The Gospel of the Day – 2016.08.21
The First and the Last
Through towns and villages Jesus went teaching, making his way to Jerusalem. Someone said to him, ‘Sir, will there be only a few saved?’ He said to them, ‘Try your best to enter by the narrow door, because, I tell you, many will try to enter and will not succeed.
‘Once the master of the house has got up and locked the door, you may find yourself knocking on the door, saying, “Lord, open to us” but he will answer, “I do not know where you come from.” Then you will find yourself saying, “We once ate and drank in your company; you taught in our streets” but he will reply, “I do not know where you come from. Away from me, all you wicked men!”
‘Then there will be weeping and grinding of teeth, when you see Abraham and Isaac and Jacob and all the prophets in the kingdom of God, and yourselves turned outside. And men from east and west, from north and south, will come to take their places at the feast in the kingdom of God.
‘Yes, there are those now last who will be first, and those now first who will be last.’
Purpose and Inclusion
When Jesus encourages us to try our best to enter through the narrow door, he is encouraging us to live the best life we can, the best life we are able to live.
The narrow door is the way of justice and mercy, of compassion, of love, of forgiveness, and salvation.
Jesus understands the human condition, he knows that almost everybody wants to live this way, but few can live this way completely. He also knows that the world is a better place, in direct proportion to the efforts that each of us make, to live out our lives according to this way.
Our individual and collective well-being depends on our willingness to forgive those who injure us, to accept forgiveness from those whom we hurt, to be loving, compassionate, merciful, and just.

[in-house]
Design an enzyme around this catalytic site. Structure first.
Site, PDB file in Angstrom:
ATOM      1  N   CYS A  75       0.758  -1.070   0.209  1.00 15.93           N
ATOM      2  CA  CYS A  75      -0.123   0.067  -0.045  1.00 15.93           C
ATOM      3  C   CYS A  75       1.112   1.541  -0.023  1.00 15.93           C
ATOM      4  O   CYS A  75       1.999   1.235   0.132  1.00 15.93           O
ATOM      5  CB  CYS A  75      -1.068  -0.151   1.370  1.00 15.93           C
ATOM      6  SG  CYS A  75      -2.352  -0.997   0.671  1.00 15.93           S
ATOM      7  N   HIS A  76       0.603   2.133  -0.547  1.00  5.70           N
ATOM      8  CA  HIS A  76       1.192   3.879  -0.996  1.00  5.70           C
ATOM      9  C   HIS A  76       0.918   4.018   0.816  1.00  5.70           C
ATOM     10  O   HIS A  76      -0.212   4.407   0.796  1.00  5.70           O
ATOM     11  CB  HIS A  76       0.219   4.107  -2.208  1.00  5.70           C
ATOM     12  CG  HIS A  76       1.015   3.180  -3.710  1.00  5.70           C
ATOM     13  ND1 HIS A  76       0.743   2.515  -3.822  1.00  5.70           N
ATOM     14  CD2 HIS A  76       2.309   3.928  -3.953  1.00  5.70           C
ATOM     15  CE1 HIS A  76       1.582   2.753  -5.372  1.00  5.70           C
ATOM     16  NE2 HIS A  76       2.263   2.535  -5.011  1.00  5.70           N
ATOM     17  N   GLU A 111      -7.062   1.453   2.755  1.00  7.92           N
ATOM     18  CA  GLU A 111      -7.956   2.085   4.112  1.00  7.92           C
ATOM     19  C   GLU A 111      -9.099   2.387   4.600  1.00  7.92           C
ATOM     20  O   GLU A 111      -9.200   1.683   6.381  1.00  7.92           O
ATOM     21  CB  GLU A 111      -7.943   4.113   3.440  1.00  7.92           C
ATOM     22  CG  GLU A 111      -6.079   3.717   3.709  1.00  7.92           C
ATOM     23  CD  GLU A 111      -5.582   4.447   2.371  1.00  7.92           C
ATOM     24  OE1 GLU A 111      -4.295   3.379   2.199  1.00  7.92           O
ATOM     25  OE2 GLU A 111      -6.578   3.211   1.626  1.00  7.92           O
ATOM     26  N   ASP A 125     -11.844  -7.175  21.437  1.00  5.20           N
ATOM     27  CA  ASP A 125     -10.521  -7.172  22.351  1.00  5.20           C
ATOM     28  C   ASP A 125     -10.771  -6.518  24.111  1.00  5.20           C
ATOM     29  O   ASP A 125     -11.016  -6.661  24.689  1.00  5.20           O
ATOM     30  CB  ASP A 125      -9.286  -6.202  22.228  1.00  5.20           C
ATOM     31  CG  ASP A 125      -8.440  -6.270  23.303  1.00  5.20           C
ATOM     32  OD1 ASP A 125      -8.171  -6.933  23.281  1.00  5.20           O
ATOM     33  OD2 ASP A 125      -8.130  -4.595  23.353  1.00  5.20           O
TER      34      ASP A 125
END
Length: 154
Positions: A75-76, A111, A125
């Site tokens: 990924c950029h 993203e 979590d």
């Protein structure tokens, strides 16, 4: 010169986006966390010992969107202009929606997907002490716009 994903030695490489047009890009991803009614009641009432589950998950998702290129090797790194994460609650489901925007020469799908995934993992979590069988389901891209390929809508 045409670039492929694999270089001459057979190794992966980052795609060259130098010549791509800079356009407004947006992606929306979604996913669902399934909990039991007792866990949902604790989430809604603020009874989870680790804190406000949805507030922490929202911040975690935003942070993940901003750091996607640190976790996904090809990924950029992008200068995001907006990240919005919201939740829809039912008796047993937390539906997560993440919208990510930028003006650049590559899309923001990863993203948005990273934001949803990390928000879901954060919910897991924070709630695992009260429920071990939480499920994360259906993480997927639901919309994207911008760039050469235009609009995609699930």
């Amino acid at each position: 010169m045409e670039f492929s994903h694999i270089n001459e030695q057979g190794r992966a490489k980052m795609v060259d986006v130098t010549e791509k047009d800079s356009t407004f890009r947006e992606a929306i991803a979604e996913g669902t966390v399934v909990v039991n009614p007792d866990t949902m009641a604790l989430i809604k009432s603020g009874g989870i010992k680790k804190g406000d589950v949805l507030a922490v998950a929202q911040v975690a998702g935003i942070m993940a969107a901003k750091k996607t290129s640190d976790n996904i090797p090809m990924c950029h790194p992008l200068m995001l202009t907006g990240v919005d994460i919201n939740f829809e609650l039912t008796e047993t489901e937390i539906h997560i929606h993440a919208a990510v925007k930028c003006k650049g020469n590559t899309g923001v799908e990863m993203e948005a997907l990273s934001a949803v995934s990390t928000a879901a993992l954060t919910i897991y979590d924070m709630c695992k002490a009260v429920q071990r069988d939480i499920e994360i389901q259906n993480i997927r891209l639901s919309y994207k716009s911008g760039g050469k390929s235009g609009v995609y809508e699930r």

Jesus is not the master who locks the door, God is not the judge who tells God’s servants that he does not know them, does not know where they come from. God knows what is in the heart of every person, God knows, God, loves, and God forgives.
If the gatekeeper seeks to lock out any one of God’s children; God, creator of the universe, God the parent of all, they do so not because they are on the narrow path, but because they are on the other path, the same path as most of the rest of us.
The broad path is nevertheless a path, it is the way of most of us who are sinners, it is a way we share with the patriarchs; with Abraham, Isaac, and Jacob, with the prophets, all of whom were sinners like ourselves, though nonetheless the objects of God’s love.
Every person is the object of God’s love, whether they are on the narrow path, or the broad path, whether they are trying to hold the gate closed, or keep it open, they are all welcome to God’s table, because God is love, and God is patient, and God is kind.
Always bear in mind the teaching of Jesus, the last will be first, and the first will last. Think nothing of your place in society, of office or of power, unless you are thinking of how to use those things for the benefit of others.
21st Sunday in Ordinary Time